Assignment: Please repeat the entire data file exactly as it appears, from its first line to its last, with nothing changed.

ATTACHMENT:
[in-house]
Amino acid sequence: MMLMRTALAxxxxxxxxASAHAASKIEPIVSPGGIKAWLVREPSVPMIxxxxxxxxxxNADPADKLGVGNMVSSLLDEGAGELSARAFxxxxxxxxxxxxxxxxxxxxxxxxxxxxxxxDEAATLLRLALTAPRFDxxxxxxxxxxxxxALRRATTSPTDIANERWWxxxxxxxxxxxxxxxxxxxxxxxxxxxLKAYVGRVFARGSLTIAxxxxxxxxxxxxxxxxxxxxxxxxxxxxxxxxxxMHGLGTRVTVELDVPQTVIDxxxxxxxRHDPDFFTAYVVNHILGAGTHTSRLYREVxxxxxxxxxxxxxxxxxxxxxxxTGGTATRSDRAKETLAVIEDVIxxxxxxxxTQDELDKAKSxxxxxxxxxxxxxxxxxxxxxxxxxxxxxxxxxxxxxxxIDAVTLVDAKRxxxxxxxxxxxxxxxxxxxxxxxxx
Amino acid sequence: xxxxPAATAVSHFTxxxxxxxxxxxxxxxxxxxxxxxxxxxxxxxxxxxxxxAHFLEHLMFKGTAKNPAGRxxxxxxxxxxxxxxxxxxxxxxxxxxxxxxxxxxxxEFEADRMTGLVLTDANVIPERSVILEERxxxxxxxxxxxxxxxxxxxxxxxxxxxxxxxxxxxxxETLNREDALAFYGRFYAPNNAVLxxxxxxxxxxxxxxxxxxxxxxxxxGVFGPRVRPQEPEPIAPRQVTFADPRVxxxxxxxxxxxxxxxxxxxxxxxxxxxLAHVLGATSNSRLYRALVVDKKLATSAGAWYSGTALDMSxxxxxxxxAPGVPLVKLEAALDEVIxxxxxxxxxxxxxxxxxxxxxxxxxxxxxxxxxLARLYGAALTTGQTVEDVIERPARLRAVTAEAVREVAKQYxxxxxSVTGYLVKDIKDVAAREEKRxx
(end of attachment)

[in-house]
Amino acid sequence: MMLMRTALAxxxxxxxxASAHAASKIEPIVSPGGIKAWLVREPSVPMIxxxxxxxxxxNADPADKLGVGNMVSSLLDEGAGELSARAFxxxxxxxxxxxxxxxxxxxxxxxxxxxxxxxDEAATLLRLALTAPRFDxxxxxxxxxxxxxALRRATTSPTDIANERWWxxxxxxxxxxxxxxxxxxxxxxxxxxxLKAYVGRVFARGSLTIAxxxxxxxxxxxxxxxxxxxxxxxxxxxxxxxxxxMHGLGTRVTVELDVPQTVIDxxxxxxxRHDPDFFTAYVVNHILGAGTHTSRLYREVxxxxxxxxxxxxxxxxxxxxxxxTGGTATRSDRAKETLAVIEDVIxxxxxxxxTQDELDKAKSxxxxxxxxxxxxxxxxxxxxxxxxxxxxxxxxxxxxxxxIDAVTLVDAKRxxxxxxxxxxxxxxxxxxxxxxxxx
Amino acid sequence: xxxxPAATAVSHFTxxxxxxxxxxxxxxxxxxxxxxxxxxxxxxxxxxxxxxAHFLEHLMFKGTAKNPAGRxxxxxxxxxxxxxxxxxxxxxxxxxxxxxxxxxxxxEFEADRMTGLVLTDANVIPERSVILEERxxxxxxxxxxxxxxxxxxxxxxxxxxxxxxxxxxxxxETLNREDALAFYGRFYAPNNAVLxxxxxxxxxxxxxxxxxxxxxxxxxGVFGPRVRPQEPEPIAPRQVTFADPRVxxxxxxxxxxxxxxxxxxxxxxxxxxxLAHVLGATSNSRLYRALVVDKKLATSAGAWYSGTALDMSxxxxxxxxAPGVPLVKLEAALDEVIxxxxxxxxxxxxxxxxxxxxxxxxxxxxxxxxxLARLYGAALTTGQTVEDVIERPARLRAVTAEAVREVAKQYxxxxxSVTGYLVKDIKDVAAREEKRxx